President Bashar Assad’s government and the Syrian opposition are scheduled to sit at peace talks for the first time Wednesday in Switzerland after nearly three years of civil war.
Assad has the advantage of iron control over his delegation, which is led by officials with long diplomatic experience. The political opposition in exile is struggling to overcome internal divisions and is weakened by rebel statements rejecting its authority. Below is a description of key players:
GOVERNMENT WALID AL-MOALLEM Assad’s foreign minister and head of the government delegation. As ambassador to Washington in the 1990s, when Syria and Israel embarked on failed peace negotiations, Moallem has more than a decade of direct experience in high-stakes talks.
The 73-year-old career diplomat was appointed foreign minister in 2006 to signal a more flexible foreign policy by Assad. Moallem can talk tough. He has denied findings of a U.N. investigation that said he threatened former Lebanese Prime Minister Rafik Hariri two weeks before the latter was assassinated by a massive car bombing in Beirut in 2005.
In public appearances since the revolt against Assad’s rule broke out in March 2011, Moallem has towed the official line, blaming the demonstrations on a foreign conspiracy and dismissing the possibility of Assad giving up power.
Moallem is from a Sunni family in Damascus, where an alliance between the city’s wealthy Sunnis and Assad’s Alawite minority has been a pillar of the four-decade Assad family’s rule.
FAISAL MEKDAD Officially deputy foreign minister, Mekdad is one of the most powerful figures in the Cabinet by virtue of his connections with the intelligence apparatus and the ruling Baath Party. A protégé of Farouq al-Sharaa, Syria’s ceremonial Sunni vice president who has been sidelined since the revolt started, Mekdad is calm and deliberate in projecting support for Assad, while being fiercely critical of the uprising and the subsequent rise of Islamist rebels. He is from the southern province of Deraa, the birthplace of the revolt.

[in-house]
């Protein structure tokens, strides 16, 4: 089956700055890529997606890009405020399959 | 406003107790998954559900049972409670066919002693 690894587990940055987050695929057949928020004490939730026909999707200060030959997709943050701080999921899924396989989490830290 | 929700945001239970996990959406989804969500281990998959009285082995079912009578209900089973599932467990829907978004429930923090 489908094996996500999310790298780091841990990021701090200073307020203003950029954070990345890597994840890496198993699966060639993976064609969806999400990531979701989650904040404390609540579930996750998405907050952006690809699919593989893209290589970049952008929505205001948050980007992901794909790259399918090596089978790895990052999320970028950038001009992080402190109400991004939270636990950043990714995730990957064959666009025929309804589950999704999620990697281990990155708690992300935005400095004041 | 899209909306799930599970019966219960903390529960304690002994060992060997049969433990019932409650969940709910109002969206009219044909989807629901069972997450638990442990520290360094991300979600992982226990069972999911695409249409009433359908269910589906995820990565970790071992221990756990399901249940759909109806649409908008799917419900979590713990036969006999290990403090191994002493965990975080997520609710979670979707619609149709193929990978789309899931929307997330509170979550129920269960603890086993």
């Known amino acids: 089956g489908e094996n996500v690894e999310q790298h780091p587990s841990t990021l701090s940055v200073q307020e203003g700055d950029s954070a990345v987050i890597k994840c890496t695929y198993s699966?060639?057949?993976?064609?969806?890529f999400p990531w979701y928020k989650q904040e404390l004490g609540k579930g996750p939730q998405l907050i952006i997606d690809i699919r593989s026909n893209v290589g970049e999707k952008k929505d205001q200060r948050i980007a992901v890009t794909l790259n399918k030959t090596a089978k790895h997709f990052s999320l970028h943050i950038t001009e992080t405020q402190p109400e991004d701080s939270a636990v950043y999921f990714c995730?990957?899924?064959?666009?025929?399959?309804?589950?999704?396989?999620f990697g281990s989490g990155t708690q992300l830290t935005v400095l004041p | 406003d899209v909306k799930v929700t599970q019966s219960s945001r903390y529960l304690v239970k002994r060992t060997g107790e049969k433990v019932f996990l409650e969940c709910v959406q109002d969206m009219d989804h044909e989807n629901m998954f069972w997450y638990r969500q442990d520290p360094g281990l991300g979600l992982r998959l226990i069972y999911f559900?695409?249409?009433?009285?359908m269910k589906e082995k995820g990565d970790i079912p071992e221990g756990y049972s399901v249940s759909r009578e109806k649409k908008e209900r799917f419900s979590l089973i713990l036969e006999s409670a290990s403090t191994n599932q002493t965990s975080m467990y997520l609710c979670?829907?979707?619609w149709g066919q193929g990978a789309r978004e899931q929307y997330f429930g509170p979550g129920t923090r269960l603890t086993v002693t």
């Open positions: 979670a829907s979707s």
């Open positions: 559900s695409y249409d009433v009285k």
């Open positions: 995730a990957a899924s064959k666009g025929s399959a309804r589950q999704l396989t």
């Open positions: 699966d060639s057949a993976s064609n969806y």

BOUTHAINA SHAABAN An adviser to Assad and a rare non-security figure with direct access to the president. An Alawite who was a translator to the president’s father and predecessor Hafez Assad, Shaaban’s career has been shaped by the elder Assad and his historic decision before his death in 2000 to turn down a peace deal with Israel that would have returned most of the Golan Heights to Syria.
Shaaban, who has acted on occasion as a de facto spokesman for Bashar, has a doctorate in English literature from Britain. Although she espoused reform early in the revolt, she has appeared more hard-line as the anti-Assad camp took up arms. She has denied that children were killed in a nerve gas attack on rebel neighborhoods of Damascus in August last year.
KEY OPPOSITION FIGURES AHMAD JARBA President of the Western-backed umbrella opposition group in exile, the National Coalition. Jarba was elected six months ago following a bitter power struggle that saw the ascendancy of an opposition bloc backed by Riyadh but less influenced by Islamists.
Jarba’s leadership was called in question when he slapped a coalition member at a meeting two months ago, but he has since defeated a challenge to his leadership by a Qatari-backed wing and established a rapport with Kurdish parties who were brought into the coalition.
Born in the northeastern Syrian province of Hassakeh, which is inhabited by Arabs and Kurds, 44-year-old Jarba belongs to the Shammar, a large Ahrab tribe that extends into Saudi Arabia and Iraq. He was a political prisoner for two years in the 1990s. He was also arrested during the uprising and fled to Saudi Arabia, a Sunni state that is leading support for the Syrian opposition.
HAITHAM MALEH Maleh, a native of Damascus, is a lawyer and human rights activist who has been detained numerous times as political prisoner since the 1960s. With the outbreak of the current conflict, Maleh has been closely involved with the opposition. He initially joined the Executive Committee of the Syrian National Council, but soon resigned and founded the Syrian Patriotic Group in February 2012.
The following March he left the SNC completely in order to form a new opposition body based out of Cairo, the Committee of Trustees of the Revolution.
The aim, he said, was to provide an alternative to the SNC and renew dialogue within the opposition.
SUHAIR ATASSI One of the few women in the coalition, Atassi is the scion of a political family from the city of Homs with a long history of opposition to Assad family rule. A holder of a French Literature degree from Damascus University, Atassi helped organize bold demonstrations in central Damascus to demand the release of political prisoners that helped spark the revolt. She was jailed for a month and soon after her release she criticized Assad’s proposed reforms as insufficient, saying he could not remain “behaving as if he is the master of Syria.”